Look to the night sky for the Leonids Meteor Shower
November has 2 meteor showers, the Taurids and the Leonids, with the Leonids being the best of the month. It runs for most of the month starting on November 6, going until the end of the month with the peak being on a weekend of Saturday the 17th and Sunday the 18th with up to 15 shooting stars an hour. With the Taurids occurring around the same time, expect a few extra shooting stars from that meteor shower as well.
Photograph of a Leonid Meteor and predawn light courtesy of Mike Lewinksi at Flickr
About the Leonids Meteor Shower
The Leonids is a fairly typical meteor shower, with 15 shooting stars per minute, but every 30 years or so there is a cyclic peak that results in hundreds or even thousands of shooting stars per minute, but this is not expected to occur again until 2034.
This meteor shower is the produced by the dust grains left by the comet Tempel-Tuttle. By dust grains, I literally mean that. Most shooting stars are mere specs of dust that hit the Earth, well strictly speaking, it is the Earth that hits them. If you see really bright fireballs, then it will be a shooting star that is the size of a grain of sand.
Photograph of a Leonid Meteor with a green trail courtesy of Mike Lewinksi at Flickr
Meteor Shower Watching
So there are some general rules that apply to watching near all meteor showers. Remember how I said that it is the Earth running into the specs of dust left behind by a comet? Because of this, most meteor showers are best watched from the hours of midnight to dawn, with the hours closest to dawn being the best time.
Most shooting stars are fairly faint, you want to go somewhere dark and away from urban light pollution. Some options include bushland areas, remote beaches can be great in summer and I even know people who hike up mountains to watch meteor showers from the peak. I think the best place will be somewhere comfortable with a view of as much of the sky as possible, especially to the north and the east, though, at its peak shooting stars could appear anywhere in the sky.
Once you have found your spot, get rid of any light. So no campfires, smartphones, smartwatches, camera screens or flashlights. It takes about 20 minutes for your eyes to fully adjust to the dark and only a moment to lose your night vision.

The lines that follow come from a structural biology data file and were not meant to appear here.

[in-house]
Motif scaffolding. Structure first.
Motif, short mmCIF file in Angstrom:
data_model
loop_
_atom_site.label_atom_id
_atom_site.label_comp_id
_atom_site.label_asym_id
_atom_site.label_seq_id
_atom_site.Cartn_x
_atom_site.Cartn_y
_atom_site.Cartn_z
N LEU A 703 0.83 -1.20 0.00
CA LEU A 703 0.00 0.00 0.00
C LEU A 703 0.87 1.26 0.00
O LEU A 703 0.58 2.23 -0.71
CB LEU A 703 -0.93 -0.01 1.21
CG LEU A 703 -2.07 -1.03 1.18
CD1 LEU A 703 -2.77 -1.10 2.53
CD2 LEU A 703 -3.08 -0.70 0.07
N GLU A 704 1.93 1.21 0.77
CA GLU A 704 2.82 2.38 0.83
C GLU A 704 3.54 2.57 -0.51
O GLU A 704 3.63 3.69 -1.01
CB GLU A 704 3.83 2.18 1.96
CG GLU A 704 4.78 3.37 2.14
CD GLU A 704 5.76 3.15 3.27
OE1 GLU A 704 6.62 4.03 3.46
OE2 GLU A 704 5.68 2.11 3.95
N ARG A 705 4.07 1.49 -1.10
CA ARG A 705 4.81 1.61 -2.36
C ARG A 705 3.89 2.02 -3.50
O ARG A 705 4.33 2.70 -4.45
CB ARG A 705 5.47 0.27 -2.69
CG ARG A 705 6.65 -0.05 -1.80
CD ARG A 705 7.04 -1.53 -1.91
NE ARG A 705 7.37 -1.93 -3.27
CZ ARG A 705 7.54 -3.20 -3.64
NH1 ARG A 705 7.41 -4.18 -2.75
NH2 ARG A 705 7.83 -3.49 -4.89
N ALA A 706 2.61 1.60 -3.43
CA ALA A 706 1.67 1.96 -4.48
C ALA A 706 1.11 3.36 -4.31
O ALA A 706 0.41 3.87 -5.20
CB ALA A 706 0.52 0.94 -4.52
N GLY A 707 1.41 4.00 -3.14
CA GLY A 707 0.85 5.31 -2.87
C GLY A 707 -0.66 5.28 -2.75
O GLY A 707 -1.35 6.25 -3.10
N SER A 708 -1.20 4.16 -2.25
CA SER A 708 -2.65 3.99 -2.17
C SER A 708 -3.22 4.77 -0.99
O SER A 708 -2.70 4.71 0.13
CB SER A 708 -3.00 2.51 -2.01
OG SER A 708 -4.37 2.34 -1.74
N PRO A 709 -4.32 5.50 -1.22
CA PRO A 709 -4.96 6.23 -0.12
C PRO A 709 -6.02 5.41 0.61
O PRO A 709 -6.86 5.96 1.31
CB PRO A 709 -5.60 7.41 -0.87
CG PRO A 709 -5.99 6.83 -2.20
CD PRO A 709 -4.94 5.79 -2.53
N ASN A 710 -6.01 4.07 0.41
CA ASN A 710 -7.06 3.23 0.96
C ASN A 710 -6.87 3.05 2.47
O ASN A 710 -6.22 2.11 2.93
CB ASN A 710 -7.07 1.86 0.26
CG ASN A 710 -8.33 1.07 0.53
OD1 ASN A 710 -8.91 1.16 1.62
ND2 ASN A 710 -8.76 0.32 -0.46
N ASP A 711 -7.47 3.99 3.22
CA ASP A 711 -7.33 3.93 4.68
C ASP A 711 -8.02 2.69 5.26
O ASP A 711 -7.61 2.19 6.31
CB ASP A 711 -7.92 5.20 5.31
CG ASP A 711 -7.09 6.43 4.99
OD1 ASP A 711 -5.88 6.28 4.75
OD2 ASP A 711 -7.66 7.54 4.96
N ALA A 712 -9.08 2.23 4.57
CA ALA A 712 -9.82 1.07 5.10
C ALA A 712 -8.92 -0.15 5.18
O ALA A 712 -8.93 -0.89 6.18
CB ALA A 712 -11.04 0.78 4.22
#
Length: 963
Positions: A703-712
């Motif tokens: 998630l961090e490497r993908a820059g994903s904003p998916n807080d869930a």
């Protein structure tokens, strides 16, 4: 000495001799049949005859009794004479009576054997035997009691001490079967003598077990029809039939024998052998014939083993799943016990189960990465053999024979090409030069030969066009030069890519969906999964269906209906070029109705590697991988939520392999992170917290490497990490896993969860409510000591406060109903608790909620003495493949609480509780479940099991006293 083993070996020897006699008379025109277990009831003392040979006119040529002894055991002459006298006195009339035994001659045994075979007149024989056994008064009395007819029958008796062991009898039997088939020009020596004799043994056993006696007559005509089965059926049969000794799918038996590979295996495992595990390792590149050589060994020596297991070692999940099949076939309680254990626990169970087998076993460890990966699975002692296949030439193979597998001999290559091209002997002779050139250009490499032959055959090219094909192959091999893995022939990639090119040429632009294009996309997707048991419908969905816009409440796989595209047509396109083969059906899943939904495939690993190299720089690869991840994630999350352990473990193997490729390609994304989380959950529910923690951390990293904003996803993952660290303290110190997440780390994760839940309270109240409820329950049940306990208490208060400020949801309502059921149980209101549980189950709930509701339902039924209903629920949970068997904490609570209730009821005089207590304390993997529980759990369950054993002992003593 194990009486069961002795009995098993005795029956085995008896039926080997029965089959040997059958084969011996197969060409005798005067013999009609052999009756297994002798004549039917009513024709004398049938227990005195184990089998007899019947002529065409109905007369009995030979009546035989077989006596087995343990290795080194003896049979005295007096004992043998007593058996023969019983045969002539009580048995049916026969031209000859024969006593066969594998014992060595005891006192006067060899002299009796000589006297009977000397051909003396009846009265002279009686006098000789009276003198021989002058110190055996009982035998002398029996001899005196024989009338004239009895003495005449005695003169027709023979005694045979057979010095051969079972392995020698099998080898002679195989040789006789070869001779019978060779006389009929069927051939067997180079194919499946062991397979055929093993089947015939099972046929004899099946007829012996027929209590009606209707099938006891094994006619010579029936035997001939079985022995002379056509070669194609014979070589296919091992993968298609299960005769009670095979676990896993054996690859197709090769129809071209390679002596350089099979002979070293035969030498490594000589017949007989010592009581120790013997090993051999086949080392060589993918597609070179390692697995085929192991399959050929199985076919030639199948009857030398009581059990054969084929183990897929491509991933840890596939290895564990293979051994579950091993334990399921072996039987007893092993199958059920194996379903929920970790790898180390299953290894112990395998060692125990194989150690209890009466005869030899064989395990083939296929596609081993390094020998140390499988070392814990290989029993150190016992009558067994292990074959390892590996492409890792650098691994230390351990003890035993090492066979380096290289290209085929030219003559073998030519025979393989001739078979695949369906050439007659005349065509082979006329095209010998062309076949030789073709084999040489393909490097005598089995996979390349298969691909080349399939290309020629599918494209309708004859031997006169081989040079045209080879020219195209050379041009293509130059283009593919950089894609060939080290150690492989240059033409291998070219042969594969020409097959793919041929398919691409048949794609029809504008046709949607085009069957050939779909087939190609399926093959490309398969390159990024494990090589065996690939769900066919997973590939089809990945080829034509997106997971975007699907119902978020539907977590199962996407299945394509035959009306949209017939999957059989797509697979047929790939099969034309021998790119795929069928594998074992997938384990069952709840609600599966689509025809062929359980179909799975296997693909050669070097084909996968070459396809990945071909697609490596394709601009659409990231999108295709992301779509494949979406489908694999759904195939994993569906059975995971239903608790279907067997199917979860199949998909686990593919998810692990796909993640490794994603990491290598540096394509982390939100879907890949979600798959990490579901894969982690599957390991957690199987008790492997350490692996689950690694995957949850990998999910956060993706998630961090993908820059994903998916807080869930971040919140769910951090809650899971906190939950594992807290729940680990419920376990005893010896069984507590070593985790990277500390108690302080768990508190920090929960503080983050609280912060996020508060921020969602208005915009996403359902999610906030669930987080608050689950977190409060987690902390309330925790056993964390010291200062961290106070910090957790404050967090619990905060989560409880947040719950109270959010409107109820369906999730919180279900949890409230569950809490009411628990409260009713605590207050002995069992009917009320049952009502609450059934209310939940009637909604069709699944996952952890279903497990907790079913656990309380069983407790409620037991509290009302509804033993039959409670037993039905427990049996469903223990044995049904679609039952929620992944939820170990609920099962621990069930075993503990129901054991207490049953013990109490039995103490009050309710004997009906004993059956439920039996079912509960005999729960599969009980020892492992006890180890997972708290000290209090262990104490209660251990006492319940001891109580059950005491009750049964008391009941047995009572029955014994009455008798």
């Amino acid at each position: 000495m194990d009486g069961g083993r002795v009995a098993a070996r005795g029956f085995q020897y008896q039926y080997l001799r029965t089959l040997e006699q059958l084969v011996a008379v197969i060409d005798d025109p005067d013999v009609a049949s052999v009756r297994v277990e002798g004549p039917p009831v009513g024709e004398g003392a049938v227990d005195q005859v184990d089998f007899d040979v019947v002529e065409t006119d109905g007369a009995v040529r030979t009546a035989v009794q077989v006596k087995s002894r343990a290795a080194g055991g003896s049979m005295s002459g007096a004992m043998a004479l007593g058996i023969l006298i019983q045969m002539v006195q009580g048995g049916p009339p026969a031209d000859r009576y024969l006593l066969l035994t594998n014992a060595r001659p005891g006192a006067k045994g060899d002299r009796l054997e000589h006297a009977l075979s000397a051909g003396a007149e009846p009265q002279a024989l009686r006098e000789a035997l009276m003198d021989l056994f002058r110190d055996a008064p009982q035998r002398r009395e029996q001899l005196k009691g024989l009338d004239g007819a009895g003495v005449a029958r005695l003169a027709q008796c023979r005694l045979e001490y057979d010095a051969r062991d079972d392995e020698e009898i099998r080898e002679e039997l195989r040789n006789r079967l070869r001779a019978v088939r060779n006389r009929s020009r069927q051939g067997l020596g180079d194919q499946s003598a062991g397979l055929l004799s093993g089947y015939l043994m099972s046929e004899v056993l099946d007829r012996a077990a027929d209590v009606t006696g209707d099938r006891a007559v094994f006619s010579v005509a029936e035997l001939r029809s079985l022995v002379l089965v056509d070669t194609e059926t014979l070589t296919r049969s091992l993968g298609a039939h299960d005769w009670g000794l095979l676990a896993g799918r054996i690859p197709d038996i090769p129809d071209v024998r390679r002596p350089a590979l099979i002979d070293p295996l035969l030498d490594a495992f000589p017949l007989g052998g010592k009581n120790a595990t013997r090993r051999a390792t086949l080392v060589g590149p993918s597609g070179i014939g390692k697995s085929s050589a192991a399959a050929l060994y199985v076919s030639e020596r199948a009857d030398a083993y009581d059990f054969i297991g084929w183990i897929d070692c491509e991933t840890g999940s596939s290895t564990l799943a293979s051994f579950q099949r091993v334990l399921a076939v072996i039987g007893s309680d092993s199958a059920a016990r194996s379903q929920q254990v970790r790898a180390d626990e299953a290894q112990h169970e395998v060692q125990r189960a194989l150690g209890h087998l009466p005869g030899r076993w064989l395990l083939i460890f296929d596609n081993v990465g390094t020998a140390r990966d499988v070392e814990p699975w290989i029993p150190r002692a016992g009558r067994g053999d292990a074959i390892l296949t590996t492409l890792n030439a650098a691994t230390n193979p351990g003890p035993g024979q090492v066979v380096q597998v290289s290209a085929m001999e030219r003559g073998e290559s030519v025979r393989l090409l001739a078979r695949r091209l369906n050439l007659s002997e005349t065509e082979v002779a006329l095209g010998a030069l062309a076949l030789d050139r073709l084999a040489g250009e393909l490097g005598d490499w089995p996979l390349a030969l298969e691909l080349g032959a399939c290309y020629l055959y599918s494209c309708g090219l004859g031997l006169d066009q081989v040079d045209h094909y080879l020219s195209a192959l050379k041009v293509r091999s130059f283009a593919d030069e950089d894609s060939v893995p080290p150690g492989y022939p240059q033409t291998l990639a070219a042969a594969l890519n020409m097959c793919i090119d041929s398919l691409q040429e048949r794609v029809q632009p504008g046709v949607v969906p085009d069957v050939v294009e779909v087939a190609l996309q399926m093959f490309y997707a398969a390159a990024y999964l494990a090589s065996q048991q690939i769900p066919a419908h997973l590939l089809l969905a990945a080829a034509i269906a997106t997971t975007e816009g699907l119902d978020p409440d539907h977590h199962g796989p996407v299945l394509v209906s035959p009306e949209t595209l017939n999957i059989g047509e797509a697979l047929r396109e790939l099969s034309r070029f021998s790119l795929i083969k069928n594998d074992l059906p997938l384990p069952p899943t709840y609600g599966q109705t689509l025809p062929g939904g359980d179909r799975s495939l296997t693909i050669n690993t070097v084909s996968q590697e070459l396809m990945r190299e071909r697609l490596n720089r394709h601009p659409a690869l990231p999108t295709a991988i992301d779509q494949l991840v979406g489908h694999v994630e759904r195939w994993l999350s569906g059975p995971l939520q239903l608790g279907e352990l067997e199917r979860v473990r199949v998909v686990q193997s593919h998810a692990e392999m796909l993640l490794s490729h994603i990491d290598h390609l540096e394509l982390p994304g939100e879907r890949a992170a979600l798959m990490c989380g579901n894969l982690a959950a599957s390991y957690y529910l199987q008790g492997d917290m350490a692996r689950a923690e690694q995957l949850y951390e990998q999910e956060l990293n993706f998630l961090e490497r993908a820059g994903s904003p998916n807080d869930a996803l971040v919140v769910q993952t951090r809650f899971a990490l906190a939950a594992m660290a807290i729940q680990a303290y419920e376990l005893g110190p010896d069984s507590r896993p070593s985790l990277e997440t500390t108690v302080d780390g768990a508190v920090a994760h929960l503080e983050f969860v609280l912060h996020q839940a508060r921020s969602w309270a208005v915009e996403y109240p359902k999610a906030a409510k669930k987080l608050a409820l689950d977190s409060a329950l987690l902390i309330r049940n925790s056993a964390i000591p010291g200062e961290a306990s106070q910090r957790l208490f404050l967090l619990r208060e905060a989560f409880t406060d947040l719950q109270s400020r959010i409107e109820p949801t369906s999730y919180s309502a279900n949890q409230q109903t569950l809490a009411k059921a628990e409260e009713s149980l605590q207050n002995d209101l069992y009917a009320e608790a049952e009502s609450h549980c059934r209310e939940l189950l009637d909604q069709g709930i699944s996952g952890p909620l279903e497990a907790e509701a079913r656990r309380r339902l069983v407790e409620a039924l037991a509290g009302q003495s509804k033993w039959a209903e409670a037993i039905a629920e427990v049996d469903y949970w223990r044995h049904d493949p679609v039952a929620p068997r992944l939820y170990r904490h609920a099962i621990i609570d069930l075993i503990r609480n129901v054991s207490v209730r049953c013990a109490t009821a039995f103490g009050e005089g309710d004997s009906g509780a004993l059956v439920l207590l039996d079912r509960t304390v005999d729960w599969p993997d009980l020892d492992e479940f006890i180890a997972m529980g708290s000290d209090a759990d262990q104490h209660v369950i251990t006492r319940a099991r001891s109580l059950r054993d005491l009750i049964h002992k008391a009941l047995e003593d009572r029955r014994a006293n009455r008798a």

The best option is to sit or even lie down so that you have a comfortable view of the sky. If you stand you have to lean your head back and your neck will be sore even before your eyes have adjusted to the dark.
Most meteor showers are named after their apparent radiant point, that is, where in the sky the shooting stars appear to originate from. For the Leonids, it is the constellation Leo. Because this is the radiant point, it is really the one spot where there shouldn't be any shooting stars, but instead, they are more likely to appear shooting off in every direction from the constellation Leo. However, it is still useful to know where the radiant point is, especially when it is close to the horizon. You find LEO with a sky map and for most people these days, an app on their phone or tablet that makes it even easier. You just point the app at the sky and it shows you where the constellations are. I use one call Sky Map, but there are many others that are just as good.
Image of the constellation Leo courtesy of Til Credner at Wikimedia
Peak viewing times around Australia
So the meteor shower goes for 24 days but with the peak being on the evening of the November 17 and the morning of November 18. The moon is the main variable, and on the peak weekend, it will set not long after midnight, so it will only be a minor inconvenience early on in the evening.
n both Sydney and Melbourne the peak viewing time is from 3 am to 5 am, as this is the time that falls between moonset and the sky starting to brighten before sunrise.
Brisbane and the northern part of Australia probably has the best opportunity to view the Leonids, with viewing times being optimal between 1:30 am, when the moon sets and 4 am.
In Adelaide, the best time to look for shooting stars is between 3:15 am to 5:30 am with sunrise at 6 am.
In Perth, the optimal viewing time starts at 2:15 am after moonset, but you would be better off getting up early than staying up late, with 4 am being the perfect time to see shooting stars across the whole sky. Sunrise will be at 5:07 am.
Photographing shooting stars
One of the great challenges for photographers with decent cameras is to try and capture a shot of a shooting star. To do this you need a good camera, a tripod, the right setting and a great deal of luck.
First of all, you will need a DLSR or mirrorless camera, but more importantly, you will need a fast lens. Typically, lenses have a lowest f value of f/3.5, with the lower the number the faster the lens. Now you might be okay with that, but ideally, you want something that is going to be f/2.5 or even f/2 to photograph meteors.
Photograph of a Leonid Meteor courtesy of Mike Lewinksi at Flickr
The length of the exposure is another important setting. The longer the exposure the more of the star field will be captured and of course the more likely you will get a shooting star. However, if the exposure is too long, you get the shooting star, but it won't stand out among the stars. On the other hand, if the exposure is too short, you won't get the shooting star. Typically you want an exposure between 10 and 25 seconds. I would suggest trying a few night sky shots first to see which exposure length gets the right amount of stars.
Then you set up your camera on a tripod and point it at the night sky. Shooting stars are far too fast to try and snap when you see them, instead you have to set your camera to shoot continuously. Remember that every time you change the settings, you will look at the screen and lose your night vision, so it is usually better to just let the camera go and check through the images later.